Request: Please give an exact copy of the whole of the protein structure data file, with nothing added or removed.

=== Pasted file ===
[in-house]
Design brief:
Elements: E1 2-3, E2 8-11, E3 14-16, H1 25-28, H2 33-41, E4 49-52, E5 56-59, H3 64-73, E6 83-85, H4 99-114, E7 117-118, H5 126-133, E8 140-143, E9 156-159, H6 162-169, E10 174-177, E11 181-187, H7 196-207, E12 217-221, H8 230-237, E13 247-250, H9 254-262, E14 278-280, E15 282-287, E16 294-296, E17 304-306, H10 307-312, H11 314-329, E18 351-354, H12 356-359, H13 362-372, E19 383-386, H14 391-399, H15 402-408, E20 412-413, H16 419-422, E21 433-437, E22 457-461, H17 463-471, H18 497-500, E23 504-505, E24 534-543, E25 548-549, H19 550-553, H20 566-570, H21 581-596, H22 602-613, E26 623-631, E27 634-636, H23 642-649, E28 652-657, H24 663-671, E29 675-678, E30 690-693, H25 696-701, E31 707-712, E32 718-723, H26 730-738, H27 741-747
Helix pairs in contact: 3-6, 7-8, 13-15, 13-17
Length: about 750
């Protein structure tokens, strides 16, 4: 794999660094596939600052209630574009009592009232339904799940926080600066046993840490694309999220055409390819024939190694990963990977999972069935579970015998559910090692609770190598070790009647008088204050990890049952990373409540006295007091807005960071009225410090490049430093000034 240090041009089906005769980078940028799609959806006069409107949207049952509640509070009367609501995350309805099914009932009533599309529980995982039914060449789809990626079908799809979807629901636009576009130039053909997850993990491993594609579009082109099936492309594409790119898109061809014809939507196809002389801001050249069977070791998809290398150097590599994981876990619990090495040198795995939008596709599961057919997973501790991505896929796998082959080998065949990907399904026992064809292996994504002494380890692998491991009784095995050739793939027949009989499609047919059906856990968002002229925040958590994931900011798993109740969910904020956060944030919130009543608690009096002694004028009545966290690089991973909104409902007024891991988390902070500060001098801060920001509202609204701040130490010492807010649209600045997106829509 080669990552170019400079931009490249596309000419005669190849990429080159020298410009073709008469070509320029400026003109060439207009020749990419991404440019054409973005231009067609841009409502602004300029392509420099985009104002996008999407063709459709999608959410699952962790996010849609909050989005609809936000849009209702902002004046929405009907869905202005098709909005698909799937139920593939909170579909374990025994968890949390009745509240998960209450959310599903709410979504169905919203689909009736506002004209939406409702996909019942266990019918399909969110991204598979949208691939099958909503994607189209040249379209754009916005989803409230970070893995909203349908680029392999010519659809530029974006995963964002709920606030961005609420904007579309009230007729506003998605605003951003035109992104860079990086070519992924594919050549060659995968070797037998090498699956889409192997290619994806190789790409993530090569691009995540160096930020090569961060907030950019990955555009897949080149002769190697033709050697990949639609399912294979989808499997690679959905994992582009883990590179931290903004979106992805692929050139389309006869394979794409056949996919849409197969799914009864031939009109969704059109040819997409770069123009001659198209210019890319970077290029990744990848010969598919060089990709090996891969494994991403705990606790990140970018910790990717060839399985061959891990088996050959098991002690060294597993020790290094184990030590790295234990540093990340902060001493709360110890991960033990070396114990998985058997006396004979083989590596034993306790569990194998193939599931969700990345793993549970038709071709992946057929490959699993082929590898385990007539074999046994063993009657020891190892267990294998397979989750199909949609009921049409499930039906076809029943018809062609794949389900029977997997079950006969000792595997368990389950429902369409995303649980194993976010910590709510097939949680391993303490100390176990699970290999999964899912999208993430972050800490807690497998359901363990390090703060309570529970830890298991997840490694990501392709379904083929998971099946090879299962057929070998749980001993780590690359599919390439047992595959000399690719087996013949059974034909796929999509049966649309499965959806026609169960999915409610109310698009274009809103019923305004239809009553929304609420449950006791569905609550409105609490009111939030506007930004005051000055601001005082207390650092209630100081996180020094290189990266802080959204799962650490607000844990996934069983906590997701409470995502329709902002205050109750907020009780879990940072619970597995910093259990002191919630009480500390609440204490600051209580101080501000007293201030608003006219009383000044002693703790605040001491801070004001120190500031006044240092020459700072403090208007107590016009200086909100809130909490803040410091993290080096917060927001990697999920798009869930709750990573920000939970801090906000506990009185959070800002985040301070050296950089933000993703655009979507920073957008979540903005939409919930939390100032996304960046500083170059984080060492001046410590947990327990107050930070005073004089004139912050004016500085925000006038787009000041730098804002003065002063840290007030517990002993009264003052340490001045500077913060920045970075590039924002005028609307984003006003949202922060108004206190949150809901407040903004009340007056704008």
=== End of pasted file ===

[in-house]
Design brief:
Elements: E1 2-3, E2 8-11, E3 14-16, H1 25-28, H2 33-41, E4 49-52, E5 56-59, H3 64-73, E6 83-85, H4 99-114, E7 117-118, H5 126-133, E8 140-143, E9 156-159, H6 162-169, E10 174-177, E11 181-187, H7 196-207, E12 217-221, H8 230-237, E13 247-250, H9 254-262, E14 278-280, E15 282-287, E16 294-296, E17 304-306, H10 307-312, H11 314-329, E18 351-354, H12 356-359, H13 362-372, E19 383-386, H14 391-399, H15 402-408, E20 412-413, H16 419-422, E21 433-437, E22 457-461, H17 463-471, H18 497-500, E23 504-505, E24 534-543, E25 548-549, H19 550-553, H20 566-570, H21 581-596, H22 602-613, E26 623-631, E27 634-636, H23 642-649, E28 652-657, H24 663-671, E29 675-678, E30 690-693, H25 696-701, E31 707-712, E32 718-723, H26 730-738, H27 741-747
Helix pairs in contact: 3-6, 7-8, 13-15, 13-17
Length: about 750
């Protein structure tokens, strides 16, 4: 794999660094596939600052209630574009009592009232339904799940926080600066046993840490694309999220055409390819024939190694990963990977999972069935579970015998559910090692609770190598070790009647008088204050990890049952990373409540006295007091807005960071009225410090490049430093000034 240090041009089906005769980078940028799609959806006069409107949207049952509640509070009367609501995350309805099914009932009533599309529980995982039914060449789809990626079908799809979807629901636009576009130039053909997850993990491993594609579009082109099936492309594409790119898109061809014809939507196809002389801001050249069977070791998809290398150097590599994981876990619990090495040198795995939008596709599961057919997973501790991505896929796998082959080998065949990907399904026992064809292996994504002494380890692998491991009784095995050739793939027949009989499609047919059906856990968002002229925040958590994931900011798993109740969910904020956060944030919130009543608690009096002694004028009545966290690089991973909104409902007024891991988390902070500060001098801060920001509202609204701040130490010492807010649209600045997106829509 080669990552170019400079931009490249596309000419005669190849990429080159020298410009073709008469070509320029400026003109060439207009020749990419991404440019054409973005231009067609841009409502602004300029392509420099985009104002996008999407063709459709999608959410699952962790996010849609909050989005609809936000849009209702902002004046929405009907869905202005098709909005698909799937139920593939909170579909374990025994968890949390009745509240998960209450959310599903709410979504169905919203689909009736506002004209939406409702996909019942266990019918399909969110991204598979949208691939099958909503994607189209040249379209754009916005989803409230970070893995909203349908680029392999010519659809530029974006995963964002709920606030961005609420904007579309009230007729506003998605605003951003035109992104860079990086070519992924594919050549060659995968070797037998090498699956889409192997290619994806190789790409993530090569691009995540160096930020090569961060907030950019990955555009897949080149002769190697033709050697990949639609399912294979989808499997690679959905994992582009883990590179931290903004979106992805692929050139389309006869394979794409056949996919849409197969799914009864031939009109969704059109040819997409770069123009001659198209210019890319970077290029990744990848010969598919060089990709090996891969494994991403705990606790990140970018910790990717060839399985061959891990088996050959098991002690060294597993020790290094184990030590790295234990540093990340902060001493709360110890991960033990070396114990998985058997006396004979083989590596034993306790569990194998193939599931969700990345793993549970038709071709992946057929490959699993082929590898385990007539074999046994063993009657020891190892267990294998397979989750199909949609009921049409499930039906076809029943018809062609794949389900029977997997079950006969000792595997368990389950429902369409995303649980194993976010910590709510097939949680391993303490100390176990699970290999999964899912999208993430972050800490807690497998359901363990390090703060309570529970830890298991997840490694990501392709379904083929998971099946090879299962057929070998749980001993780590690359599919390439047992595959000399690719087996013949059974034909796929999509049966649309499965959806026609169960999915409610109310698009274009809103019923305004239809009553929304609420449950006791569905609550409105609490009111939030506007930004005051000055601001005082207390650092209630100081996180020094290189990266802080959204799962650490607000844990996934069983906590997701409470995502329709902002205050109750907020009780879990940072619970597995910093259990002191919630009480500390609440204490600051209580101080501000007293201030608003006219009383000044002693703790605040001491801070004001120190500031006044240092020459700072403090208007107590016009200086909100809130909490803040410091993290080096917060927001990697999920798009869930709750990573920000939970801090906000506990009185959070800002985040301070050296950089933000993703655009979507920073957008979540903005939409919930939390100032996304960046500083170059984080060492001046410590947990327990107050930070005073004089004139912050004016500085925000006038787009000041730098804002003065002063840290007030517990002993009264003052340490001045500077913060920045970075590039924002005028609307984003006003949202922060108004206190949150809901407040903004009340007056704008």